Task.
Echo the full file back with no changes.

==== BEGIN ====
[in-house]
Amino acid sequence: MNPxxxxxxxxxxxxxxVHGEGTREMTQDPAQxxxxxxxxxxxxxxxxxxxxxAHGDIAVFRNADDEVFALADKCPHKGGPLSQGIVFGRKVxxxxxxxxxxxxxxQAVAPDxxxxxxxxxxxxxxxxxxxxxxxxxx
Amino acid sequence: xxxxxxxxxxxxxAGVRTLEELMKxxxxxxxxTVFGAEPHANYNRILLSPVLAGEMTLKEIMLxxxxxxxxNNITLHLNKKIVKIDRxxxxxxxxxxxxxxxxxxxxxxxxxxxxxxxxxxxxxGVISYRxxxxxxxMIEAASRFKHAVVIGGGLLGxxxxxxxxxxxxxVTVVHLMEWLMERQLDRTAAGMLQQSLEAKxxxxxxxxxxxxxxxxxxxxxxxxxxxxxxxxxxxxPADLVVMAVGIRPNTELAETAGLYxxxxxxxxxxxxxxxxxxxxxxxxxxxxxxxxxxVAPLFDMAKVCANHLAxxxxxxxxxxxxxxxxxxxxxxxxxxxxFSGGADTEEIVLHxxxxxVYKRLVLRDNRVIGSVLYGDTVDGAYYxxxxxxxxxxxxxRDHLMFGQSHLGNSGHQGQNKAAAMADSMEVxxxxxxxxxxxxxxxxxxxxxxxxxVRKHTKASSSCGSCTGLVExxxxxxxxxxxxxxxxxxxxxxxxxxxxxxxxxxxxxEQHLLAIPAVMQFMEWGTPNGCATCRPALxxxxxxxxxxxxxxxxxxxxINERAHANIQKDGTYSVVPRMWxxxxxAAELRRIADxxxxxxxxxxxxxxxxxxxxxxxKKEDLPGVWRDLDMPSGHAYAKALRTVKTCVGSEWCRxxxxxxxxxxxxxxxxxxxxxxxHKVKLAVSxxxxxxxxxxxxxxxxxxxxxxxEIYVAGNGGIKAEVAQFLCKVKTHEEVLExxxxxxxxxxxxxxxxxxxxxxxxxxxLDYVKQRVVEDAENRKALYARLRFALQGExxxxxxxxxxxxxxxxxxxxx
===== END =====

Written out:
[in-house]
Amino acid sequence: MNPxxxxxxxxxxxxxxVHGEGTREMTQDPAQxxxxxxxxxxxxxxxxxxxxxAHGDIAVFRNADDEVFALADKCPHKGGPLSQGIVFGRKVxxxxxxxxxxxxxxQAVAPDxxxxxxxxxxxxxxxxxxxxxxxxxx
Amino acid sequence: xxxxxxxxxxxxxAGVRTLEELMKxxxxxxxxTVFGAEPHANYNRILLSPVLAGEMTLKEIMLxxxxxxxxNNITLHLNKKIVKIDRxxxxxxxxxxxxxxxxxxxxxxxxxxxxxxxxxxxxxGVISYRxxxxxxxMIEAASRFKHAVVIGGGLLGxxxxxxxxxxxxxVTVVHLMEWLMERQLDRTAAGMLQQSLEAKxxxxxxxxxxxxxxxxxxxxxxxxxxxxxxxxxxxxPADLVVMAVGIRPNTELAETAGLYxxxxxxxxxxxxxxxxxxxxxxxxxxxxxxxxxxVAPLFDMAKVCANHLAxxxxxxxxxxxxxxxxxxxxxxxxxxxxFSGGADTEEIVLHxxxxxVYKRLVLRDNRVIGSVLYGDTVDGAYYxxxxxxxxxxxxxRDHLMFGQSHLGNSGHQGQNKAAAMADSMEVxxxxxxxxxxxxxxxxxxxxxxxxxVRKHTKASSSCGSCTGLVExxxxxxxxxxxxxxxxxxxxxxxxxxxxxxxxxxxxxEQHLLAIPAVMQFMEWGTPNGCATCRPALxxxxxxxxxxxxxxxxxxxxINERAHANIQKDGTYSVVPRMWxxxxxAAELRRIADxxxxxxxxxxxxxxxxxxxxxxxKKEDLPGVWRDLDMPSGHAYAKALRTVKTCVGSEWCRxxxxxxxxxxxxxxxxxxxxxxxHKVKLAVSxxxxxxxxxxxxxxxxxxxxxxxEIYVAGNGGIKAEVAQFLCKVKTHEEVLExxxxxxxxxxxxxxxxxxxxxxxxxxxLDYVKQRVVEDAENRKALYARLRFALQGExxxxxxxxxxxxxxxxxxxxx